Best of Technical Support
I would like to know what can be said about viruses in a Linux system which is installed on the same hard disk as Win95. For example, what can happen if a virus infects the MBR sector (where resides LILO) or if I mount an infected MS-DOS formatted diskette?
Leaving out the usual statements about Unix systems being immune to standard virus attacks, this is an important point most people should consider, since many people who run Linux on personal computers (as opposed to servers) also run Win95 or some other operating system. You should be safe from a mounted floppy, but be warned that you can get some very odd effects reading such a disk, such as strange directory entries.
There are several scenarios, from boot sector infection to random pot shots some viruses are known to take. Unlike the DOS file systems, which concentrate their layout information into one or two dense tables, Linux spreads these across the disk. Random potshots are much more likely to wipe out vital structures on a Linux disk than they are on a DOS disk (assuming the virus ran from a booted DOS system).
Safety first, as always. When in Unix, don't use the root user account unless you need to. Create a normal user account in which to do your work. When in DOS, scan—scan—scan.
—Chad Robinson, BRT Technologies Senior System Analyst firstname.lastname@example.org
Chances are that if your system becomes infected with a boot sector virus, LILO will no longer work. The best defense against this situation is to keep an emergency boot floppy handy. I generally create them using the command dd if=/vmlinuz of=/dev/fd0. You will want to write-protect it of course. After booting from floppy, simply re-run LILO. Assuming you have LILO configured to use the system MBR, it will overwrite the virus.
The Linux operating system itself is not very vulnerable to MS-DOS-style viruses. All of the common ones depend on being in a DOS/Windows environment. They do not know how to cope with Linux and do not function.
—Keith Stevenson email@example.com
I have been working with the Linux system for almost two years. My problem is memory allocation. The kernel (2.xx) does not reclaim memory after things such as X sessions are perfomed. I am constantly rebooting the machine (shutdown -r now) in order to gain sufficient memory for multiple operations. Is there an executable that can be run which will free all possible memory that current kernel processes are not using?
If the answer is no, then how can one use Linux as an httpd server that takes a lot of hits per day? The system would almost always be short of memory to be able to quickly service, multiple httpd server and other processes. In short, I am somewhat disappointed in the way Linux handles memory reclamation. Is it that the X Server and applications are simply “poorly written” and do not free memory upon exit?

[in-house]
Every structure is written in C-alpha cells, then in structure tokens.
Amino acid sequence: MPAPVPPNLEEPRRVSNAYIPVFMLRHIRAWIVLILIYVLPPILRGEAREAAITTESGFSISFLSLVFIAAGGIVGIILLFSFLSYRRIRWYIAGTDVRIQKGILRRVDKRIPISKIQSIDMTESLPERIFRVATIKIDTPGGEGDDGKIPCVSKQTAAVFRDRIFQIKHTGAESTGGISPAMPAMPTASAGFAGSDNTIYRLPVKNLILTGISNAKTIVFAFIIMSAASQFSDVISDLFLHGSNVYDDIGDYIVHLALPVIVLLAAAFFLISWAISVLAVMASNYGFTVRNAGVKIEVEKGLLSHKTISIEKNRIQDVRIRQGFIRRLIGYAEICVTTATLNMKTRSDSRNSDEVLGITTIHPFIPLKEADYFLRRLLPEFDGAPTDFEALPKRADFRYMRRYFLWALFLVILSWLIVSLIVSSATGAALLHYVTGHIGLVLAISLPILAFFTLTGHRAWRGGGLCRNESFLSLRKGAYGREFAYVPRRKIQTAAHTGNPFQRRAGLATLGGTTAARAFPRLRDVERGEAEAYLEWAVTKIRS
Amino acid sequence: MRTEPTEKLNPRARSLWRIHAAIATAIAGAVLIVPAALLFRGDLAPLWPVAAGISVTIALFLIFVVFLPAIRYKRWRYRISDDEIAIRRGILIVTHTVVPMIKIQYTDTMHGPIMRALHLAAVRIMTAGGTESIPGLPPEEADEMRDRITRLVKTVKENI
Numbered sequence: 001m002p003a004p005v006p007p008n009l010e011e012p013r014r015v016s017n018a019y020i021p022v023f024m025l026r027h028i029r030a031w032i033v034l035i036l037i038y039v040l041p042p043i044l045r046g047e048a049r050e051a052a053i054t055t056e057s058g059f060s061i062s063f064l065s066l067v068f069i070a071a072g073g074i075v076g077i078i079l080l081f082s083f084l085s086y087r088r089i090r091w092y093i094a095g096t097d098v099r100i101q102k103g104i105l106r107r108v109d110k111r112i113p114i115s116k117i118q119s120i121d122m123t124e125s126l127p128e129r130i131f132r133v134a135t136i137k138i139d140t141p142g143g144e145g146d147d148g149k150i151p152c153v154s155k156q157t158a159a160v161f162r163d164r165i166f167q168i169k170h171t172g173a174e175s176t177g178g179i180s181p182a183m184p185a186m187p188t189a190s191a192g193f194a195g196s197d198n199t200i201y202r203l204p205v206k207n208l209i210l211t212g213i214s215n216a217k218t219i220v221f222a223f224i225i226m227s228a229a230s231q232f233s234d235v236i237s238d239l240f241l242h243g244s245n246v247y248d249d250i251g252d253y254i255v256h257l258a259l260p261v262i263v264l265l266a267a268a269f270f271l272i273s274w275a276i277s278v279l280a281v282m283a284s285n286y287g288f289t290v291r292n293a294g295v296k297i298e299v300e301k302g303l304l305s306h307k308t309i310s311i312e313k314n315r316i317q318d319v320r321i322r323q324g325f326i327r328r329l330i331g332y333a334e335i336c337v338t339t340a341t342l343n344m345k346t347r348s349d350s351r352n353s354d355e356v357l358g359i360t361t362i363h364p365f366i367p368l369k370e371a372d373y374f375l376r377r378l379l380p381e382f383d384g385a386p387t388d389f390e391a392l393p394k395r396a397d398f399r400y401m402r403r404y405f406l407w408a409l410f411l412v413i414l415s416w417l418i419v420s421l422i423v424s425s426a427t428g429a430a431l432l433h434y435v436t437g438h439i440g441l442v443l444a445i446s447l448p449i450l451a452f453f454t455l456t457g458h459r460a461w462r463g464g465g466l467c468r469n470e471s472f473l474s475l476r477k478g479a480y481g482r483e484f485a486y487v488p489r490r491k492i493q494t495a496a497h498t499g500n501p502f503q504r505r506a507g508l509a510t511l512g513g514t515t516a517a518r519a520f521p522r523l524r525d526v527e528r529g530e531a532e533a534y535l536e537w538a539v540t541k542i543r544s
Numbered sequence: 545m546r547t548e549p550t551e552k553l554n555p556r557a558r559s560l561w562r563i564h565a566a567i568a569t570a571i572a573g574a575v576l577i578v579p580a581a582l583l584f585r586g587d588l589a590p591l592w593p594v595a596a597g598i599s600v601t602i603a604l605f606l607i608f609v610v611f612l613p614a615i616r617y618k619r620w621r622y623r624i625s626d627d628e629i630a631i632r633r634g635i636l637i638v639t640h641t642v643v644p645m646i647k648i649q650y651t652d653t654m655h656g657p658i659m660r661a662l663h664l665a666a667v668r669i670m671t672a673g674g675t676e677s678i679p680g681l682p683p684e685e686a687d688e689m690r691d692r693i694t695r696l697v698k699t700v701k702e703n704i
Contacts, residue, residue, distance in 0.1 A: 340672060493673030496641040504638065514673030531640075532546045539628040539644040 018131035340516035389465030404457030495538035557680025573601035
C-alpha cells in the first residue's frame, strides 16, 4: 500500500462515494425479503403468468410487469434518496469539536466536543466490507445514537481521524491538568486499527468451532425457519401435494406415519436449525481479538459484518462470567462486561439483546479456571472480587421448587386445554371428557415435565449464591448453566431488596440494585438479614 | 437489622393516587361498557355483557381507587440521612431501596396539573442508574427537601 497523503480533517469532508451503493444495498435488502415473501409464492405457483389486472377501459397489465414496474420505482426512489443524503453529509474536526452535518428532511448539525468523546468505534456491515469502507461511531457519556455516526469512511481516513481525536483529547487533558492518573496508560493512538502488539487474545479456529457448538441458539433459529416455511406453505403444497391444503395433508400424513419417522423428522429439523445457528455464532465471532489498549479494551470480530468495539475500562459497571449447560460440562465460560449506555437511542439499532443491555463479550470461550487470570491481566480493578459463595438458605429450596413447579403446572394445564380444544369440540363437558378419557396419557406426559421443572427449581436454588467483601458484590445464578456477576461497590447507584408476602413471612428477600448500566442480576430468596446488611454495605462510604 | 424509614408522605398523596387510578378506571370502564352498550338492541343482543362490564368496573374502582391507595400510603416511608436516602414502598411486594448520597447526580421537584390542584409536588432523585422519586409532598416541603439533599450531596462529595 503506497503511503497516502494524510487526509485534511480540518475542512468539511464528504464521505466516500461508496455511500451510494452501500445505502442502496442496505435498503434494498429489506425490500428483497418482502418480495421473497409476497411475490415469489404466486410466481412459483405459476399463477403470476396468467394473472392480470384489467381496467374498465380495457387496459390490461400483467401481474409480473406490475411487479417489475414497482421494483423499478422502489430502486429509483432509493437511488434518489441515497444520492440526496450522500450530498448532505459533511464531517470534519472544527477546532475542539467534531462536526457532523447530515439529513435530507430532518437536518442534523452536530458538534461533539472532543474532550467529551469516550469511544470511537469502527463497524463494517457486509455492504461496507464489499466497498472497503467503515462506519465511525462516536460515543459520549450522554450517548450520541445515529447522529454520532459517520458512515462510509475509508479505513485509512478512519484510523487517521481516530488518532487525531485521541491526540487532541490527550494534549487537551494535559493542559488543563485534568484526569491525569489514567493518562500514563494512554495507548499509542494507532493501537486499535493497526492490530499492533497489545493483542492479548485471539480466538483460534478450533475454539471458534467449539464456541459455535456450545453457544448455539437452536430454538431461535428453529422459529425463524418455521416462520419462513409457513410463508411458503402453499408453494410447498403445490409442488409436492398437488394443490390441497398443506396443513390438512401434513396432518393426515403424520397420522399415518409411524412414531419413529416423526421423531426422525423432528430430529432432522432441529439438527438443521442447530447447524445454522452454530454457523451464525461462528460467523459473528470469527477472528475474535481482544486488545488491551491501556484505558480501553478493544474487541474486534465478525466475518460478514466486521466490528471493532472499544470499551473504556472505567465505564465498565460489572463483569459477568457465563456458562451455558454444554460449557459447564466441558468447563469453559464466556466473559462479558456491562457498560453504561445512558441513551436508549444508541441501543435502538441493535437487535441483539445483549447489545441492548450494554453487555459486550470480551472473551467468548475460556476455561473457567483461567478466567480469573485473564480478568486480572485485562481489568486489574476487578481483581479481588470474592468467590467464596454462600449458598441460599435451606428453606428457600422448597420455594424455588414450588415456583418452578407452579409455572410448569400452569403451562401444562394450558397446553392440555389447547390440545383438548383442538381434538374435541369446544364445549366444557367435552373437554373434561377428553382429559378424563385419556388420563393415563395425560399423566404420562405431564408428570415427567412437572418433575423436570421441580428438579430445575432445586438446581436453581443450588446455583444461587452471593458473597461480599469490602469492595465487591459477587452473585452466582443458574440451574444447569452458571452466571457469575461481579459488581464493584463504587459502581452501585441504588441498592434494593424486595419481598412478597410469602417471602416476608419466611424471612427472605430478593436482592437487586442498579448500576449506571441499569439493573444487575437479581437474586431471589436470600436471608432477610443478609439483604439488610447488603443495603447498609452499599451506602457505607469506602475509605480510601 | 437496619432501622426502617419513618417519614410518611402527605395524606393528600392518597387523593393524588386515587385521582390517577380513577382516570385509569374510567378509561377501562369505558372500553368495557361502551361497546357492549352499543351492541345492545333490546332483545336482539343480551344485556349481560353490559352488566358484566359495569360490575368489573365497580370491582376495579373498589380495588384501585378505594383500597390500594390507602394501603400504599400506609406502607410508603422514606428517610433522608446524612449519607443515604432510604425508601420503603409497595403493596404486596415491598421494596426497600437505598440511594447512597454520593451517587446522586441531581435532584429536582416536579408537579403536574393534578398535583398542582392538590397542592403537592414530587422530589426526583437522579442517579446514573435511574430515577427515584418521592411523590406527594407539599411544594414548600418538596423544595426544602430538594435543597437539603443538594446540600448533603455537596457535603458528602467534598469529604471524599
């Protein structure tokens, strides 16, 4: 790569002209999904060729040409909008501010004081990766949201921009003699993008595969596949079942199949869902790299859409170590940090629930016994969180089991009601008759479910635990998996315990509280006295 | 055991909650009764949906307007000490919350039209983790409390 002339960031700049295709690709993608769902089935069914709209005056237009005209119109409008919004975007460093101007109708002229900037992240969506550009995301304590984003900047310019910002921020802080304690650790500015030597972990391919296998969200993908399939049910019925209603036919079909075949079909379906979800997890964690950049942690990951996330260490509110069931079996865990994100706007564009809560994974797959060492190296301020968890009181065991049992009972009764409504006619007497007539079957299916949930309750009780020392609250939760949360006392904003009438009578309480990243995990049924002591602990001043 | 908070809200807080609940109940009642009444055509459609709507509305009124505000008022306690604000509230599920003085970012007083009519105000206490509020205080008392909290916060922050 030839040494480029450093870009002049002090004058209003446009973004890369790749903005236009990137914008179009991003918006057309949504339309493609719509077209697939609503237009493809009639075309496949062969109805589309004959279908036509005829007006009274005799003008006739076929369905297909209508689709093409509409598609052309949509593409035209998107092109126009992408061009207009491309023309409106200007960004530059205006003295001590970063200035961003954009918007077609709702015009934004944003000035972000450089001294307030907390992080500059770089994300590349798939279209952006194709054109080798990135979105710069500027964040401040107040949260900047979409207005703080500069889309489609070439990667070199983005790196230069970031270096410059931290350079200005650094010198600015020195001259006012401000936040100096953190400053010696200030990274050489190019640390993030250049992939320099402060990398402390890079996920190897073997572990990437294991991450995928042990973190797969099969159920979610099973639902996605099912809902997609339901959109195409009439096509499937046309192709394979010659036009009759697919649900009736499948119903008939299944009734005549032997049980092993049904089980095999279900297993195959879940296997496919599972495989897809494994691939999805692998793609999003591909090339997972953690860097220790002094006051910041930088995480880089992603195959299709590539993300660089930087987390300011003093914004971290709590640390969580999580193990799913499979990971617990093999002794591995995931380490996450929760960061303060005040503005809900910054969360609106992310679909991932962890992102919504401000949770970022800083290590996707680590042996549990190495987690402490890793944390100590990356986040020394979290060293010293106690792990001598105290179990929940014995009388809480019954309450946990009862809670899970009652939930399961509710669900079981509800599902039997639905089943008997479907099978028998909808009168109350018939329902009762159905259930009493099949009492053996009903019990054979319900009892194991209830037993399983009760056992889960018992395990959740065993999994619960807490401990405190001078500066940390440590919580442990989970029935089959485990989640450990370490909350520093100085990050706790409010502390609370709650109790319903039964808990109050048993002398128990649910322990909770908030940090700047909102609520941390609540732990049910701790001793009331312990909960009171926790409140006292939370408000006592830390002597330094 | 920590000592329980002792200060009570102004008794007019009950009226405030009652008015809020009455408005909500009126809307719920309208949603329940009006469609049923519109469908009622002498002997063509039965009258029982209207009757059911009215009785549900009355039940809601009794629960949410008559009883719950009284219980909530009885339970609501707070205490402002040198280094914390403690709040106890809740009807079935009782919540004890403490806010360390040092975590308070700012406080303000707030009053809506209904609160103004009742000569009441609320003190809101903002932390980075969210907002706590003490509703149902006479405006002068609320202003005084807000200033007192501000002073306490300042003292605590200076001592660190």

—George R. Boyko
There are no memory leakages in Linux 2.0; there may be some in the 2.1 kernel series, but those versions are only beta-releases aimed specifically at developers. It's true, on the other hand, that the amount of free memory reported by a running Linux system is always tiny. This is a feature rather than a bug; free memory is just wasted, and Linux tries to avoid any waste by keeping disk buffers and page caches in an otherwise waste-free memory.
It's the kernel which releases any process resources upon exit. You don't want your students to lock memory by not calling free, do you? As a matter of fact, many one-shot programs are “poorly written” and rely on the system to close files and release memory.
—Alessandro Rubini firstname.lastname@example.org
Memory management is one of the things I really like about Linux. I find it to be much more efficient than a certain popular commercial OS.
I have several Linux systems, all with 64MB of installed RAM. I use xosview to monitor things like CPU activity and memory utilization. These machines function as ftp servers, web servers and multi-user workstations. According to xosview, the memory utilization is consistently above 90% even when the machine is lightly loaded. This isn't a problem. It simply means that there is a lot of stuff cached in memory. The real indicator of whether or not you have enough RAM in your system is swap space utilization. This can be monitored with xosview or with the command vmstat. If you are swapping to disk often, you probably need to add more RAM to the system. If not, then things are probably okay. My 64MB systems almost never swap out to disk, and they have excellent response time despite the fact that 90% or more of their RAM is marked as being “in use”.
—Keith Stevenson email@example.com
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